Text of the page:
The War On Nulls

As .NET developers, we’ve all seen this exception hundreds of times: “System.NullReferenceException – Object reference not set to an instance of an object”. In .NET, this exception occurs when trying to access a reference variable with a null value. A null value means the variable does not hold a reference to any object on the heap. It is one of the most frustrating and prolific errors that we programmers encounter. But it needn’t be this way! We can prevent this error by following a few simple rules. But first, a little history…

The null reference was invented by Tony Hoare, inventor of QuickSort, one of the world’s most widely used sorting algorithms. In this introduction to his talk at QCon 2009, Tony describes the impact the null reference has had on software:

I call it my billion-dollar mistake. It was the invention of the null reference in 1965. At that time, I was designing the first comprehensive type system for references in an object oriented language (ALGOL W). My goal was to ensure that all use of references should be absolutely safe, with checking performed automatically by the compiler. But I couldn’t resist the temptation to put in a null reference, simply because it was so easy to implement. This has led to innumerable errors, vulnerabilities, and system crashes, which have probably caused a billion dollars of pain and damage in the last forty years. In recent years, a number of program analysers like PREfix and PREfast in Microsoft have been used to check references, and give warnings if there is a risk they may be non-null. More recent programming languages like Spec# have introduced declarations for non-null references. This is the solution, which I rejected in 1965.

So obviously null references have caused quite a lot of damage. But neither Tony or null references are to blame. It’s the careless use of null references that has made them as damaging and prolific as they are.

I can’t think of a single reason why you would need to use null references as part of your system design. Here are some tips for preventing null references in your system.

Never use null references as part of the design

Business logic should not be based around testing for null references. If an object requires an empty state, be explicit about it by creating an empty representation of the object. You can then check if the object is in an empty state by comparing the current instance to an empty instance.

Here is an example of some code that uses a generic interface called ICanBeEmpty to support an empty representation of a Customer object. An extension method called HasValue() allows us to check if an object represents an empty instance.

public class Customer : ICanBeEmpty<Customer>
{
    private int id;
    private string name = string.Empty;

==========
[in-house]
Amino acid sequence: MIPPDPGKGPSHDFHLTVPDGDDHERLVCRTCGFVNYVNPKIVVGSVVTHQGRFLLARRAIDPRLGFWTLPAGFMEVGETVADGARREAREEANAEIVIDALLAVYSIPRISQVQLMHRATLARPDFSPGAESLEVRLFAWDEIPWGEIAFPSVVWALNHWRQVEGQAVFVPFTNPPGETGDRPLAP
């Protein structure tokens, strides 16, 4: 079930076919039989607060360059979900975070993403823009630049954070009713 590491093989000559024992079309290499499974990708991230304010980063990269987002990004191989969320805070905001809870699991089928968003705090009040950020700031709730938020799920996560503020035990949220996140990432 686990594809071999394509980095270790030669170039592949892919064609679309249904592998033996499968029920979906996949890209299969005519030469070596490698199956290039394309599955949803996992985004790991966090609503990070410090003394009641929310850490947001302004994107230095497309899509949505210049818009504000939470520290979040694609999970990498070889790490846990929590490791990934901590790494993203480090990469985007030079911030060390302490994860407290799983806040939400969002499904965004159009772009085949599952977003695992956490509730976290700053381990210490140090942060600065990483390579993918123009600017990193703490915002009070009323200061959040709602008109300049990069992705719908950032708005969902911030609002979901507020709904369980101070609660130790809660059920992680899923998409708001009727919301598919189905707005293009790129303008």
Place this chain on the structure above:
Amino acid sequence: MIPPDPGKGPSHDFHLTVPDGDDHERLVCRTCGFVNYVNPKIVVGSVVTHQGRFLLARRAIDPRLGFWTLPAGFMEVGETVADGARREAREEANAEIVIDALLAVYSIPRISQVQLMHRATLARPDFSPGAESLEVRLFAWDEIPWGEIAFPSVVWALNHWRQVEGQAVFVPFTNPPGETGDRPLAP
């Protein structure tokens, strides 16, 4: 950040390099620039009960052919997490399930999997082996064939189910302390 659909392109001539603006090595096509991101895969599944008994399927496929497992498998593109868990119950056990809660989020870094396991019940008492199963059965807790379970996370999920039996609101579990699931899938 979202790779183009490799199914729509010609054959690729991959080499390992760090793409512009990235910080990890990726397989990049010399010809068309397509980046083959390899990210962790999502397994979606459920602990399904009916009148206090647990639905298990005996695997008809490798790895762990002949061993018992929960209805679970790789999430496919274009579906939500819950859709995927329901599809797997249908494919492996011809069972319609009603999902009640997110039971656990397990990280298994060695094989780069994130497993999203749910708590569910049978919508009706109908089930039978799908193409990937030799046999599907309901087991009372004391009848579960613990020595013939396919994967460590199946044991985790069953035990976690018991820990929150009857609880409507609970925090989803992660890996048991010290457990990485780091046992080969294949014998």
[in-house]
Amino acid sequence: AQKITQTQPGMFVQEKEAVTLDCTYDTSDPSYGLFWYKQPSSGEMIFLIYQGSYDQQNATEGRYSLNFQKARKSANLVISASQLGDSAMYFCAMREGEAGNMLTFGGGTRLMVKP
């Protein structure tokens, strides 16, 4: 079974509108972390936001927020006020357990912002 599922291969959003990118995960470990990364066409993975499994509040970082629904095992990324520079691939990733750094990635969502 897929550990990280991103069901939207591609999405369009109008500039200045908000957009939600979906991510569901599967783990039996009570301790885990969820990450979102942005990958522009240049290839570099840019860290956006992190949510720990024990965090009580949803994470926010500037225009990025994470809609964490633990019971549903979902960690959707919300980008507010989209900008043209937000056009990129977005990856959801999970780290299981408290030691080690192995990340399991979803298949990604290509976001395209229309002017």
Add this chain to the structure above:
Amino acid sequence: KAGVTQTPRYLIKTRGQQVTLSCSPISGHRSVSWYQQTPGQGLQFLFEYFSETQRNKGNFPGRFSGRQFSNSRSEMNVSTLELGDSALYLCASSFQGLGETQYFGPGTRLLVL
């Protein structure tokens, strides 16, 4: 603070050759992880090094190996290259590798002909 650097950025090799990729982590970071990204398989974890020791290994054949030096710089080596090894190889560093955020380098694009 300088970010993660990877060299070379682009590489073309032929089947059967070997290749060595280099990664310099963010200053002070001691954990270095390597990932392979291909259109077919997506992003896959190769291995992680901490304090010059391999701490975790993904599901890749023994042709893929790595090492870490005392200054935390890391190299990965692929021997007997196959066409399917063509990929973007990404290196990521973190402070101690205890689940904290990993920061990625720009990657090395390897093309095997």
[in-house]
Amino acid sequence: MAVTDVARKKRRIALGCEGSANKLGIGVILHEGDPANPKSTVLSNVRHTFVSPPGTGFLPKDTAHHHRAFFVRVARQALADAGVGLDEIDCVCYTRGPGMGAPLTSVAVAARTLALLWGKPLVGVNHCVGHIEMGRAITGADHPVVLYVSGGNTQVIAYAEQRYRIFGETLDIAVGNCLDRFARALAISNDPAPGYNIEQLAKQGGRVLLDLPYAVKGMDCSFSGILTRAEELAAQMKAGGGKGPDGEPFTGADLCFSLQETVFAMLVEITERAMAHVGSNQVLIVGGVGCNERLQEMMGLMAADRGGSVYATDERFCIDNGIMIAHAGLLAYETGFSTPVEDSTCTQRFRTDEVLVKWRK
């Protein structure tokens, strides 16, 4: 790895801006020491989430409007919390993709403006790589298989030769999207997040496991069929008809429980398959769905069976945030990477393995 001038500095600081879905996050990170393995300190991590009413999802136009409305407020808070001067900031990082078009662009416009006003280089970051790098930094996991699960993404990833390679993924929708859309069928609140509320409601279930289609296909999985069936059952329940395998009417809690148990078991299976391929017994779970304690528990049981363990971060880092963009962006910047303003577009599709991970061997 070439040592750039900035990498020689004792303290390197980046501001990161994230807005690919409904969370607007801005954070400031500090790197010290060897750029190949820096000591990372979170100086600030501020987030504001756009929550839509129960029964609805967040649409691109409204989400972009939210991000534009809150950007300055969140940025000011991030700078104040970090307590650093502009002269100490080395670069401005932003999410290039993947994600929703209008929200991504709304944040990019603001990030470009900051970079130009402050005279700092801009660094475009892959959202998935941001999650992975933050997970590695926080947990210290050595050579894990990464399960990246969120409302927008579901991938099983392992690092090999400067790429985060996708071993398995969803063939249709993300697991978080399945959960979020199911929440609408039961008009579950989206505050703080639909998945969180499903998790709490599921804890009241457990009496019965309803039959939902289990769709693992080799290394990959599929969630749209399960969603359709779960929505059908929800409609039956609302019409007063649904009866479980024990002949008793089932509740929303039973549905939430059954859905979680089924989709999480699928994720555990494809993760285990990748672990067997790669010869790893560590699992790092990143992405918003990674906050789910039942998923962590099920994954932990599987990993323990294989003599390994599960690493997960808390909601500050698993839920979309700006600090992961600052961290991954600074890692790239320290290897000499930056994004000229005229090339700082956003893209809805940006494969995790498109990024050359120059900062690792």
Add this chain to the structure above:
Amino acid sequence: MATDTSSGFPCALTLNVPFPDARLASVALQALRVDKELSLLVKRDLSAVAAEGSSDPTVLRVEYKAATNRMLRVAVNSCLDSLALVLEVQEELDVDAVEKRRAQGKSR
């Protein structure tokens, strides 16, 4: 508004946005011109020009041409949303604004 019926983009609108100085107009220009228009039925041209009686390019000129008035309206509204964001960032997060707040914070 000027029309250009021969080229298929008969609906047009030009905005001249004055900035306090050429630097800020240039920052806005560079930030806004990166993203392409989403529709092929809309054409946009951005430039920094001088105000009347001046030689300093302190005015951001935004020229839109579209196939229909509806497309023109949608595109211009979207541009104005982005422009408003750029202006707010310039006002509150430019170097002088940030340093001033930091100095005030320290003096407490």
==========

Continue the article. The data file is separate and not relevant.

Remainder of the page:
//...
 
    public bool Equals(Customer other)
    {
        return this.id == other.id;
    }
 
    public static Customer Empty
    {
        get { return new Customer(); }
    }
 
    Customer ICanBeEmpty<Customer>.Empty
    {
        get { return Empty; }
    }
}
 
public interface ICanBeEmpty<T> : IEquatable<T>
{
    T Empty { get; }
}
 
public static class Extensions
{
    public static bool HasValue<T>(this ICanBeEmpty<T> obj)
    {
        return obj.Equals(obj.Empty);
    }
}

Don’t accept null references as parameters

Guard statements are often used to check for null references in methods. If you design your system not to pass nulls, you won’t need guards to check for null in your methods. But when you can’t guarantee input to your public methods, then you need to be defensive about null references.

Don’t return null references

A call to a method or property should never return a null reference. Instead, return an empty representation of an object, or throw an exception if a non-empty value is expected.

Fail fast if a null reference is detected

Design-by-contract technologies, such as Spec#, have declarations that can check for null references at compile time. You can also use an aspect-oriented programming (AOP) solution, such as PostSharp, to create custom attributes that ensures an exception is thrown if any null references are passed in, or returned by a method at runtime. By throwing an exception as soon as a null reference is detected, we can avoid hunting through code to find the source of a null reference.

public class CustomerRepository
{
    [DoesNotReturnNull]
    public Customer GetCustomer(int id)
    {
        //...
        return Customer.Empty;
    }
 
    [DoesNotAcceptNull]
    public void SaveCustomer(Customer customer)
    {
        if (customer.HasValue())
        {
            //...
        }
    }
}

Wrap potential sources of null references

If you are using a third-party service or component where you might receive a null reference, then wrap the call in a method that handles any null references to ensure they don’t leak into the rest of the system.

Always ensure object members are properly instantiated